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Alumni Spotlight: Chandler Koglmeier

Chandler Koglmeier '05 • Project Manager, Craftsy

 

 

"One piece of advice I would give to a corps member starting service is don't quit. Your year will be a challenge. if it isn't challenging you, you aren't pushing hard enough."

 

I was accepted to college early decision, which meant I knew in December of my senior year where I was going to school.  The early acceptance gave me the opportunity to step back and think about what I wanted to do next.  After exploring a variety of options, a family friend suggested we look into City Year; and it ended up being a great place to learn about service, community and growth before I went to college.  

I served with City Year for a variety of reasons, many of which took years for me to fully comprehend.  The largest reason was my deep interest in the development of City Year as a public and private partnership, forming the backbone of a major public program by using both private and local funds to accomplish much of the day to day in cities.  I continue to believe this sort of construct is a great way to works towards goals that are quasi-public goods like education where community and social value for the whole is derived from improvement at the micro level but deployment of resources is challenging.

I worked on a Young Heroes team, a former initiative of City Year, running a middle-school service learning program.  I worked with a team member recruiting 150 middle school students to give up their Saturdays to help people, which then transitioned to helping with program fundraising and communications.  Although both had interesting and different challenges I gained many skills that I could use in other programs I got involved with post City Year.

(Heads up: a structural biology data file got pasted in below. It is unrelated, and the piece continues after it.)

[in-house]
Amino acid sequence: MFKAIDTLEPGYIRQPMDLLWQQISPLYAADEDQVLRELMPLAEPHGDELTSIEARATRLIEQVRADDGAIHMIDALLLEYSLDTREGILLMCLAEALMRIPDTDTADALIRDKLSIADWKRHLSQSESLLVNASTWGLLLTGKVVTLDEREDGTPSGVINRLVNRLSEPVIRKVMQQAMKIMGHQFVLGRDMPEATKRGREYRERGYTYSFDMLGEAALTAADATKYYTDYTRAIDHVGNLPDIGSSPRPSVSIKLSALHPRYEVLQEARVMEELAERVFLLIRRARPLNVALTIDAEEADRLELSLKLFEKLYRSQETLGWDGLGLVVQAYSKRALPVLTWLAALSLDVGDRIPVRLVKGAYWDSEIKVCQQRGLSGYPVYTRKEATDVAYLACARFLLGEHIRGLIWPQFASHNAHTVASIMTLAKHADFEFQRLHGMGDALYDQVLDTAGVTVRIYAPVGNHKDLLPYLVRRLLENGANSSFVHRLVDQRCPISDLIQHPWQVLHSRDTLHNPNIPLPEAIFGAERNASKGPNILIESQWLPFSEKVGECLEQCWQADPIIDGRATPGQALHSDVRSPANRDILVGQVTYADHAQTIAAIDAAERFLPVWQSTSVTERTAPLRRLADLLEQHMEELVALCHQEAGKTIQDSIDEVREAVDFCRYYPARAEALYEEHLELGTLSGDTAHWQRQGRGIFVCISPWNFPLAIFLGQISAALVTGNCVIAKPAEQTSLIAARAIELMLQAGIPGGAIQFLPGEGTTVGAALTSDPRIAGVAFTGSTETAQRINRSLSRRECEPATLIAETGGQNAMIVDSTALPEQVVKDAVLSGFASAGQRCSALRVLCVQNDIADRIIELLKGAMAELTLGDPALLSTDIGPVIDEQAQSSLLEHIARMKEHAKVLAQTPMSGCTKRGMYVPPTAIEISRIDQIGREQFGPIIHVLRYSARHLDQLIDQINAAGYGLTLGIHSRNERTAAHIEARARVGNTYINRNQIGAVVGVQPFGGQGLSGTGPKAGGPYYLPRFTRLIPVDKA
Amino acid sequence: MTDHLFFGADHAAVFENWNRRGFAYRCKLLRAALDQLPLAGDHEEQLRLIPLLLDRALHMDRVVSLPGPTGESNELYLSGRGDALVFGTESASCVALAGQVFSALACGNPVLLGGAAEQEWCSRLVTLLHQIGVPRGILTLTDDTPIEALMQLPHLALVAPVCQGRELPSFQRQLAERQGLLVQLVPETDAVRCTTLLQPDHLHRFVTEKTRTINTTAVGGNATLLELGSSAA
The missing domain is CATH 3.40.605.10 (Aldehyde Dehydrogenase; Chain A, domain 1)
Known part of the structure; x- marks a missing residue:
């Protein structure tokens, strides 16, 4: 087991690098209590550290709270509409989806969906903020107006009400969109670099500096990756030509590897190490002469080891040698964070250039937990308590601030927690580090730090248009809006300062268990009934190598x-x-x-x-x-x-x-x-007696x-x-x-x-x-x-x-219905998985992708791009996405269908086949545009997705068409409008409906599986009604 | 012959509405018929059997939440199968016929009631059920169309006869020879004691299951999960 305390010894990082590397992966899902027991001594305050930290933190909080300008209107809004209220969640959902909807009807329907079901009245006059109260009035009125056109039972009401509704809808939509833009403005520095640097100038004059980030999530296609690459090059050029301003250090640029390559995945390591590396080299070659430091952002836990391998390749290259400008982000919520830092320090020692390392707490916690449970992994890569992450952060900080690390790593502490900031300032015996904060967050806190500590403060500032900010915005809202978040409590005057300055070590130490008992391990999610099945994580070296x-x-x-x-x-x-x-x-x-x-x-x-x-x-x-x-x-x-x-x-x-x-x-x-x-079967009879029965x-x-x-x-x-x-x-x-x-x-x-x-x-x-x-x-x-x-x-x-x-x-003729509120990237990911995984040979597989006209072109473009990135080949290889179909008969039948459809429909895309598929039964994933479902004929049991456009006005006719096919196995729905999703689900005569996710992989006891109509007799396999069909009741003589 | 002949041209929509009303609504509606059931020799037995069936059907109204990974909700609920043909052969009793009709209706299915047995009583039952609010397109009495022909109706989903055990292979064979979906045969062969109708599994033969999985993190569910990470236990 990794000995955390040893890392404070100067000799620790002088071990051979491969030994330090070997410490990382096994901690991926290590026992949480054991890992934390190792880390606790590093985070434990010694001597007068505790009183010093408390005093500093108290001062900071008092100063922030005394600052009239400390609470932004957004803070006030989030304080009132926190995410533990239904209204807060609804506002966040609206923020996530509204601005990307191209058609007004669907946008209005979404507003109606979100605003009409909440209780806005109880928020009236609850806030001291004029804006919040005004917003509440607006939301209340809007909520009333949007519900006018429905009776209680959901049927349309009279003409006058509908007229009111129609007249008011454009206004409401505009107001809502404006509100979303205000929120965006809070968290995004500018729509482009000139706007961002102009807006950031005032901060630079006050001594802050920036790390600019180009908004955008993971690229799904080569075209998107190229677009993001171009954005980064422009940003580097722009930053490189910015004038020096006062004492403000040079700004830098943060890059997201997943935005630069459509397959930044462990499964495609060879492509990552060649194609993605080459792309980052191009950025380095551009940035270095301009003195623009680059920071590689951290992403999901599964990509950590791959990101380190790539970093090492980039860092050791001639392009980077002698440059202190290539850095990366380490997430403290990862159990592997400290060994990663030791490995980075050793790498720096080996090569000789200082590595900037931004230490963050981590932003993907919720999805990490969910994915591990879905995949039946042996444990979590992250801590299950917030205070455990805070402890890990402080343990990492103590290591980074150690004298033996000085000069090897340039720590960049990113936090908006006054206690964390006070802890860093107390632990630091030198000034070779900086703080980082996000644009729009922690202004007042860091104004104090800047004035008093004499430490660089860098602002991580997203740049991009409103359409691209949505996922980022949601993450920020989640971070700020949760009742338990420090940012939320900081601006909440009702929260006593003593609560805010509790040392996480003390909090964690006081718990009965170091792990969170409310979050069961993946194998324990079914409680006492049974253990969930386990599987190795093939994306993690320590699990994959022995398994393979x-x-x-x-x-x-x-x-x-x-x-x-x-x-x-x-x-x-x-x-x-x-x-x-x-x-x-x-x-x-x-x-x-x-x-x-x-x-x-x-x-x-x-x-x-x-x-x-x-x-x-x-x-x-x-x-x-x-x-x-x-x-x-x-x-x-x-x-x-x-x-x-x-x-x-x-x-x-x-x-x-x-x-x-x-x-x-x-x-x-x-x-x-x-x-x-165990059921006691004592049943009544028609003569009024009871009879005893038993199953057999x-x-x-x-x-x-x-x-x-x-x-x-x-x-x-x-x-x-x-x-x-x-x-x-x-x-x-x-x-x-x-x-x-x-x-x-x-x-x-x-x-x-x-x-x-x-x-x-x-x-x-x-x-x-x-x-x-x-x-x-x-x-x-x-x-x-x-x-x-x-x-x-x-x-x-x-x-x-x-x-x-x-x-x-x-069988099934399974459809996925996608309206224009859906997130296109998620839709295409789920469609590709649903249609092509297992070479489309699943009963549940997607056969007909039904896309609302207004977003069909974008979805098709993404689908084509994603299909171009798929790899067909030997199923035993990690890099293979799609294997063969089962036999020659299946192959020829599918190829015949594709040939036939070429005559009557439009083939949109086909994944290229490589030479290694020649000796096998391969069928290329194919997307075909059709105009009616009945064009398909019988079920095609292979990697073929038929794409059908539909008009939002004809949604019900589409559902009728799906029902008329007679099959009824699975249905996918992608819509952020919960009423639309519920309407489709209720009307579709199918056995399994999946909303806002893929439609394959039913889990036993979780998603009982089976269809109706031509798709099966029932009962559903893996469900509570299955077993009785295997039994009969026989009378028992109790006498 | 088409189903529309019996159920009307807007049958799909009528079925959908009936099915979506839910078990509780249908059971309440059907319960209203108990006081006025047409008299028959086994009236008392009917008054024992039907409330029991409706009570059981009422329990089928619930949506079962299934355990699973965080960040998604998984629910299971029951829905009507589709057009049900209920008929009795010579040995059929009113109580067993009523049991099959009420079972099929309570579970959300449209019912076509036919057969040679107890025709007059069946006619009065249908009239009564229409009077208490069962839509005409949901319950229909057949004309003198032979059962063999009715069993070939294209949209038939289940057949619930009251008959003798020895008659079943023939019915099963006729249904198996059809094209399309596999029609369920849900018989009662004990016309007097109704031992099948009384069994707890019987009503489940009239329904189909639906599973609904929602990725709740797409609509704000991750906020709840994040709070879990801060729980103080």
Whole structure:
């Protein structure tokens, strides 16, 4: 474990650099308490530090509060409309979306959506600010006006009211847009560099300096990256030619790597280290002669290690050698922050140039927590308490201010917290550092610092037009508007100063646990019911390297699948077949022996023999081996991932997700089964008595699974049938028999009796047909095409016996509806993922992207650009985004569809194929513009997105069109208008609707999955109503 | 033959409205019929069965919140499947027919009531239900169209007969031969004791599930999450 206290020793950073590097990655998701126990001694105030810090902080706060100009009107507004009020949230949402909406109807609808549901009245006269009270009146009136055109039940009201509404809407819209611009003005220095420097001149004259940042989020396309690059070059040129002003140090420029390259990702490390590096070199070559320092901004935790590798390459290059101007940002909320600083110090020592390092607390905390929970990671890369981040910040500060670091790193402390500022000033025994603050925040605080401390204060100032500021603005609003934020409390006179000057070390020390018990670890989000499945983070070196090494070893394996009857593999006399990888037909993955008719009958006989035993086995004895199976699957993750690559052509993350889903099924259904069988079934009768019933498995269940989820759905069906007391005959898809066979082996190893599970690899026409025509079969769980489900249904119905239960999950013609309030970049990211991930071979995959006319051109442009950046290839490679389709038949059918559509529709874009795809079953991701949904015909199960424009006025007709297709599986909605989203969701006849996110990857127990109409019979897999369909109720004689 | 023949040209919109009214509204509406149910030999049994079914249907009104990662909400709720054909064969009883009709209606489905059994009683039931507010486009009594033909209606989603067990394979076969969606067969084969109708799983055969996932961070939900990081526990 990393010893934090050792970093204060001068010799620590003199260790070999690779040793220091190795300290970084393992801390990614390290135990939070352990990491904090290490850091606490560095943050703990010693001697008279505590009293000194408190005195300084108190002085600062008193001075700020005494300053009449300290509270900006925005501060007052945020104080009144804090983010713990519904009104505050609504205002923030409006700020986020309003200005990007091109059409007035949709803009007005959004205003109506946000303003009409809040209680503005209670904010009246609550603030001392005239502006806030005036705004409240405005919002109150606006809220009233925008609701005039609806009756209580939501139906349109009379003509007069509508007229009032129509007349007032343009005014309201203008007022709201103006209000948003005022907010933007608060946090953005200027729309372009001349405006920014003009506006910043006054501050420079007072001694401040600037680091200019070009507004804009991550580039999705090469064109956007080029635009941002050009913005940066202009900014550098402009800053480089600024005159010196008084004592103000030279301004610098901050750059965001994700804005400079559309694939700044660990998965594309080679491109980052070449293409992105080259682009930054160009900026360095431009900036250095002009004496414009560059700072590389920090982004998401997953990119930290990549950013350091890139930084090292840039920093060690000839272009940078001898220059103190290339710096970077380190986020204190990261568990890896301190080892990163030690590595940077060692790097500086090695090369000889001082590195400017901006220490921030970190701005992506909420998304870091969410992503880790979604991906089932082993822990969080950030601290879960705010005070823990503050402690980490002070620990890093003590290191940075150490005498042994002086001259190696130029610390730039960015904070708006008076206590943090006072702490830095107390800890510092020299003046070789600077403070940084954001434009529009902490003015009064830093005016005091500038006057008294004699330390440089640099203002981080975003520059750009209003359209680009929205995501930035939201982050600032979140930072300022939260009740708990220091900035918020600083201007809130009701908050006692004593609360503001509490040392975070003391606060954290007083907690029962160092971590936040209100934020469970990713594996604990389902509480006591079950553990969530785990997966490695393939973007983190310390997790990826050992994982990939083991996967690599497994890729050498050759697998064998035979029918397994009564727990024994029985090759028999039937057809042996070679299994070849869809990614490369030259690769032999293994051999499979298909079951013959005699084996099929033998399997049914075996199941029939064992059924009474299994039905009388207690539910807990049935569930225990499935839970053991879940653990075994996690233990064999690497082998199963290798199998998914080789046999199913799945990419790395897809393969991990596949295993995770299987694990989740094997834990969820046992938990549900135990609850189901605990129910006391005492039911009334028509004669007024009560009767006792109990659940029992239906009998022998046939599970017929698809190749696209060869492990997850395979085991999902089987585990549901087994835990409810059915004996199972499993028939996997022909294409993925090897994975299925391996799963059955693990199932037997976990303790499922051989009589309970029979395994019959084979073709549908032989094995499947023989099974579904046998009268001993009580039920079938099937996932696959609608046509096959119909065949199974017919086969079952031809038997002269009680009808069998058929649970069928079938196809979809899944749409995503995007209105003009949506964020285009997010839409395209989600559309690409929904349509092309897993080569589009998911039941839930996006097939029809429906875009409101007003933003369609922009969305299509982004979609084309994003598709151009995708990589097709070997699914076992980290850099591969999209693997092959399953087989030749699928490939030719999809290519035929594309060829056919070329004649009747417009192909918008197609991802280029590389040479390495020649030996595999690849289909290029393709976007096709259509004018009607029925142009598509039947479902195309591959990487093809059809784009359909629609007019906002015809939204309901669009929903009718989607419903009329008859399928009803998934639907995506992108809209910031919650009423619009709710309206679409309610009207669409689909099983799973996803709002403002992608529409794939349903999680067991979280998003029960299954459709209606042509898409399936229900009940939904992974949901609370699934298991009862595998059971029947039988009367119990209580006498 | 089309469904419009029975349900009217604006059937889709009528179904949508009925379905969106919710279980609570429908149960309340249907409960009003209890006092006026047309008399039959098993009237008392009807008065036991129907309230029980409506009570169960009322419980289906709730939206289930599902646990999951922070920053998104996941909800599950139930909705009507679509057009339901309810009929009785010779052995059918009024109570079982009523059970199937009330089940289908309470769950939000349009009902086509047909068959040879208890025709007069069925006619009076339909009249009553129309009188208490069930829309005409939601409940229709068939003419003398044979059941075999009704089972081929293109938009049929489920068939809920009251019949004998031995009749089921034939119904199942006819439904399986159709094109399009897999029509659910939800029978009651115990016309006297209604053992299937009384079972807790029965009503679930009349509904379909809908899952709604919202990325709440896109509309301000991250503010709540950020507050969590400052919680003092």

City Year taught me how to work in diverse teams and settings in a way that I had never experienced. I learned how to organize people and motivate teenagers, but most importantly I learned to believe in myself, what we were doing, and to just get things done.  

City Year has the potential to provide value for many people in very different ways.  Both of my siblings are a part of the City Year community.  My brother is currently a corps member with City Year L.A. and my sister, Chelsea, is a City Year Philadelphia ’09 alumna. Their reasons for serving with City Year, and more importantly, the things they have taken away from their City Year experience are completely different from my own.  

One piece of advice I would give to a corps member starting service is don’t quit.  Your year will be a challenge.  If it isn’t challenging you, you aren’t pushing hard enough.  You will be tempted to quit and run away.  Don’t do it; you’ll appreciate it later.  

After my year of service I attended Middlebury College in Vermont. I graduated from college in 2009 with a degree in Political Science (with a lot of Economics and Geography along the way).  I knew I wanted to work in the digital world, but wasn’t really sure what that was supposed to mean. I ended up working for a digital consulting company, joining a congressional campaign that was working without standard TV ad dollars, and working as the "digital guy” in a small payroll start-up in Asia before I got into my current work helping build software for consumer web companies.

I’m currently working in software development for an online education company called Craftsy.  Craftsy is the leading destination for online enthusiasts; we have over 300 classes in areas like Quilting, Photography, Sewing and more.  

I’m the Product Manager for our mobile, tablet and emerging devices team.  In short, that means I spend my day playing with fun new devices and figuring out what we can do with them.  In long form that means I work with a team of engineers and designers to build the strategy for and then actually build a set of apps and websites to deliver our video quality to millions of users around the world.  

In the end, service, be it through CY or other venues, is something we all should do.  It gives one exposure to community, builds understanding of diversity, and most importantly, teaches people to lead through serving others.

 


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